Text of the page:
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Reining v. City of Buffalo, 102 N. Y., 308.
taken, but that it should be affirmatively alleged and proved 15 by the plaintiff. It is competent for them to attach a condition to the maintenance of a common law action as well as one created by statute, and, when they have done so, its averment and proof cannot safely be omitted. The Court, in Nagel v. City of Buffalo (34 Hun, 1), in considering the statute in question, seemed to think its requirement was in the nature of a condition subsequent or proviso, having no necessary connection with the proper statement of a cause of action, but we think they erred in their conception of
16 the nature of the provision. Neither its language or object is analogous to those provisions authorizing the defense of the statute of limitation, or other special and particular defenses constituting conditions subsequent, which may or may not occur in particular cases, and must, therefore, be averred to authorize the court to take cognizance of them. Here the requirement exists, independent of proof, in every case, and is made to precede the institution of any suit whatever. Its performance cannot for any purpose be presumed, but must, to be availed of, be alleged and proved. The language is that no action ” 17 “shall be brought" until, etc., and constitutes an express prohibition against the action, until performance of the condition. A non-compliance with this requirement can be raised by the defendant, at any stage of the action, when it is called upon to act in the case.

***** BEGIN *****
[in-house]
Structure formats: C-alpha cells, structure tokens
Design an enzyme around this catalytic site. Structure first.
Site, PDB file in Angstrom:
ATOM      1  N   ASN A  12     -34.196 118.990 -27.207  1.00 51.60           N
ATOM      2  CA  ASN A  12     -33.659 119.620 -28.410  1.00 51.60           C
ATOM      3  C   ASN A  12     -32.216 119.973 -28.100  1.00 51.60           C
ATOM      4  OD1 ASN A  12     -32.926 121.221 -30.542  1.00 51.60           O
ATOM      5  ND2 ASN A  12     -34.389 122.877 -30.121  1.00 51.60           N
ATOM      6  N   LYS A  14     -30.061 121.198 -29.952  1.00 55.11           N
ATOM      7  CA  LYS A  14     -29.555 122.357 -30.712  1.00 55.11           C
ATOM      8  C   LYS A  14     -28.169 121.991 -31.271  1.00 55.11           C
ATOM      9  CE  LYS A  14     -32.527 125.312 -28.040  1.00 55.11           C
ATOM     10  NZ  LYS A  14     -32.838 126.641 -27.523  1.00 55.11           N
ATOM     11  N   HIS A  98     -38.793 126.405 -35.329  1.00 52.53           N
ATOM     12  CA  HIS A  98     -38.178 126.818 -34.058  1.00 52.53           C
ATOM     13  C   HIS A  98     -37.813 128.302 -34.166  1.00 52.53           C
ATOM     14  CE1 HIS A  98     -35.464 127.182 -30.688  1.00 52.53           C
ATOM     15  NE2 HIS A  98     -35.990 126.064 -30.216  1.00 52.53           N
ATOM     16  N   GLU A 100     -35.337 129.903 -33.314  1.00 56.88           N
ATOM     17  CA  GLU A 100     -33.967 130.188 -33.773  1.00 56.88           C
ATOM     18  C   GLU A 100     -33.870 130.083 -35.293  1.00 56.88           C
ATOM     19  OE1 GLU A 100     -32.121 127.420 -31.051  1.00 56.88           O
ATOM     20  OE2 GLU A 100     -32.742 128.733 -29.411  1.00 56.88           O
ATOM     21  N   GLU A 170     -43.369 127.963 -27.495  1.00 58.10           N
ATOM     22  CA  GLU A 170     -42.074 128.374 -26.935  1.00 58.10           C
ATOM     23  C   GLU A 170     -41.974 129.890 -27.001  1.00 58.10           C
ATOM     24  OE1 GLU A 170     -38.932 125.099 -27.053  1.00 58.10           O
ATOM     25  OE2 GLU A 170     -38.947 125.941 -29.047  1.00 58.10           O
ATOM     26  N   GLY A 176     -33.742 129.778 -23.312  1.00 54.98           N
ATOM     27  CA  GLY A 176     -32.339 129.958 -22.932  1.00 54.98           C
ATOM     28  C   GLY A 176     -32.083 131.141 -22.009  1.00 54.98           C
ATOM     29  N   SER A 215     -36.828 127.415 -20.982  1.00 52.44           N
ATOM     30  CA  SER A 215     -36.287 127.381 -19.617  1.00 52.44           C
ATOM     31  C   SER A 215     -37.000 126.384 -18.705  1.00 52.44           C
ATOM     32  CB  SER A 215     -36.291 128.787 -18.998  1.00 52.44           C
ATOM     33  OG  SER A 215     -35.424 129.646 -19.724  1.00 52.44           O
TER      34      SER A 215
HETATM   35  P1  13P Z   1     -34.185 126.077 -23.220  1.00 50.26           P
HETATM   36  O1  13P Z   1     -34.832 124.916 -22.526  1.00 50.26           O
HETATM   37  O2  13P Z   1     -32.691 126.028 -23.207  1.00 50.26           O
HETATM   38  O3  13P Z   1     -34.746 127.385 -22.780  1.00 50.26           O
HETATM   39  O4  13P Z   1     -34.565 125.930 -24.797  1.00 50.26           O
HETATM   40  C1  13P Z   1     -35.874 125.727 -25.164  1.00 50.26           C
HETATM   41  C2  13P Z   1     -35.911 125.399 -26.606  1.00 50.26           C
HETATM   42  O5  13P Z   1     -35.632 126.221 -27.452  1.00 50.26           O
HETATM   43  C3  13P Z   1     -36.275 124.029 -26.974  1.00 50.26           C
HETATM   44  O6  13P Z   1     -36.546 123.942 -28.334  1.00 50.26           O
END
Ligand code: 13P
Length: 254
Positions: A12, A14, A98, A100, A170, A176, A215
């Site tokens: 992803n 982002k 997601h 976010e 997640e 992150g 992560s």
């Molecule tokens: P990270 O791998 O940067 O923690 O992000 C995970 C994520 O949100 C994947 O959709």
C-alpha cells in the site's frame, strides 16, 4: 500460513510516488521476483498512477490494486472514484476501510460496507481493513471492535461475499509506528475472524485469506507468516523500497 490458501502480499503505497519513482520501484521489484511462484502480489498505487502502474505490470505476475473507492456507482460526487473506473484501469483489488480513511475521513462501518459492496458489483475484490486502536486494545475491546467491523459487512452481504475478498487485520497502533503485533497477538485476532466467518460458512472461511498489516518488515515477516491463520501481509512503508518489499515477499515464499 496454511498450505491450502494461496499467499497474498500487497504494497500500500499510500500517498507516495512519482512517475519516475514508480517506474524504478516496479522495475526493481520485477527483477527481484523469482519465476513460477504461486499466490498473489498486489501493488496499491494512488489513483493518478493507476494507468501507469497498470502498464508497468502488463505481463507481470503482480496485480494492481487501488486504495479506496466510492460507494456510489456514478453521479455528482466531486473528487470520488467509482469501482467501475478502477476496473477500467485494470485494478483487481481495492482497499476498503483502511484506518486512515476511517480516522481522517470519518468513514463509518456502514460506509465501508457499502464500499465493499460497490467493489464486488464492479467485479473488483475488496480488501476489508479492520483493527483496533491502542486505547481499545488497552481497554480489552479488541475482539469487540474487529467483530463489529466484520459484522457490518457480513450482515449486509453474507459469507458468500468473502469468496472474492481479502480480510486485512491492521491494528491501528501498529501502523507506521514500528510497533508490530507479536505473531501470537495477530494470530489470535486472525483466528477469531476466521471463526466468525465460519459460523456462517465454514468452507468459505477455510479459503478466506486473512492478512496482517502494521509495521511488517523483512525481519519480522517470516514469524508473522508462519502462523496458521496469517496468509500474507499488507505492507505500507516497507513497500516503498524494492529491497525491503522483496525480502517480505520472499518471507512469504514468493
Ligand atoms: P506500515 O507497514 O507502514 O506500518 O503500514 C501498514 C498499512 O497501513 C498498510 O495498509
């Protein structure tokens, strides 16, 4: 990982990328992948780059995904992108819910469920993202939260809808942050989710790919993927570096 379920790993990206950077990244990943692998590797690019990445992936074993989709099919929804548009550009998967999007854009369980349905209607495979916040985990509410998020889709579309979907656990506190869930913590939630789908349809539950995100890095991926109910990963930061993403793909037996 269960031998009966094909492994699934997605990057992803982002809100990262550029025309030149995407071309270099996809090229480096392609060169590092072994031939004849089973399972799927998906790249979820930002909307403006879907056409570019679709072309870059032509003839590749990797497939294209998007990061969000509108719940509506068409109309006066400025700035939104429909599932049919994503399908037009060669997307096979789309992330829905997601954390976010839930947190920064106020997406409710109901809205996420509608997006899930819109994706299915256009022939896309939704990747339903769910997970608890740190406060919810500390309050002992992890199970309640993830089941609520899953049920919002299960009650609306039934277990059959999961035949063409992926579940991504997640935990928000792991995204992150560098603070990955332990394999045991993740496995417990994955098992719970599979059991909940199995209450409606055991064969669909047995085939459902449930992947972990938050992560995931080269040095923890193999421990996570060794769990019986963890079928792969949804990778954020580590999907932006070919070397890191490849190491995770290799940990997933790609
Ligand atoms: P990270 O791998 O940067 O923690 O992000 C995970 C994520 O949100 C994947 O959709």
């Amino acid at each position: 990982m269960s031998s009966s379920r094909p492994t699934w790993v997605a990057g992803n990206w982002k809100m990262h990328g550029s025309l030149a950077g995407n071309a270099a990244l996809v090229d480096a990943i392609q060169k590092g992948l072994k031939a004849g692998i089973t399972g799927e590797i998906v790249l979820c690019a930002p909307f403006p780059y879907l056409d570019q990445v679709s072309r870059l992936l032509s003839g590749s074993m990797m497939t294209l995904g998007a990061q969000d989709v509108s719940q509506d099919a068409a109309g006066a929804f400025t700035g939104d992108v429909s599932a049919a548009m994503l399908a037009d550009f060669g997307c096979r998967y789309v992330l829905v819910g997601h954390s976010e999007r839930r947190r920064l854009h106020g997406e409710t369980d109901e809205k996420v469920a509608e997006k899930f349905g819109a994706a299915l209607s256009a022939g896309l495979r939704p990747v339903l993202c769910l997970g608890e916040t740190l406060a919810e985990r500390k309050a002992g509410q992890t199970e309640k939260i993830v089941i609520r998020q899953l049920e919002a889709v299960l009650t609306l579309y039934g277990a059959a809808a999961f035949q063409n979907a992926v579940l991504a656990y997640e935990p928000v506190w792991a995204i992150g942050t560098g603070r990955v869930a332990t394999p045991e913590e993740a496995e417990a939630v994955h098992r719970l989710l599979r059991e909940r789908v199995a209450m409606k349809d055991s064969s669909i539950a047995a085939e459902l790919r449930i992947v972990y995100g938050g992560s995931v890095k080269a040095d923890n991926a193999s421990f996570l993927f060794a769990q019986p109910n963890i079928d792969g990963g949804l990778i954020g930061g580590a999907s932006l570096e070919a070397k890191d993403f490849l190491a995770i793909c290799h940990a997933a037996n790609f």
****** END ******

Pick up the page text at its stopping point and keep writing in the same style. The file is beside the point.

The general rules of pleading applying to such cases are elementary and hardly need citations to illustrate them.
It was said by Judge Denio in Howland v. Edmonds (24 N. Y., 307): “If the defendant's liability depends upon the performance of a condition precedent, it is very plain that no action will lie until it be performed, and a request or demand of the thing claimed may and frequently does constitute such a condition to the obligation of the defendant. When that is the case, such demand before suit brought must be averred and proved to enable the plaintiff to maintain the action.” The rule is also illustrated by the decision in Graham v. Scripture (26 How. Pr. 501), where, in an action upon a judgment, which was prohibited by statute, except upon leave of the court first had, it was held
Reining v. City of Buffalo, 102 N. Y., 308.
19 that the allegation of such leave must be averred and proved by
the plaintiff. It was held in Taylor v. Mayor, etc. (83 N. Y., 625), that a similar provision in the charter of New York constituted a condition to the maintenance of an action against the city, although in that case it was also held that it did not in terms apply to the use of a claim by way of set-off, or recoupment in an action brought by the city against the claimant. The case of Porter v. Kingsbury is analogous to the case in hand. There suit was brought upon an undertaking on appeal which
the statute directs shall not be maintained" until ten days 20
after service of notice of the entry of judgment of affirmance upon the appellant. It was held that performance of the requirement was a condition precedent and must be alleged in the complaint. (S 1309, Code of Civ. Pro.; Porter v. Kingsbury, 5 Hun, 597; affirmed 71 N. Y., 588.) There the act required to be performed constituted no part of the cause of action, but was provided, as in this case, to shield the parties liable from cost and trouble in case of their willingness to pay the claim without
suit, after notice given. It is immaterial whether a condition be 21 imposed in the statute giving a right of action, or be provided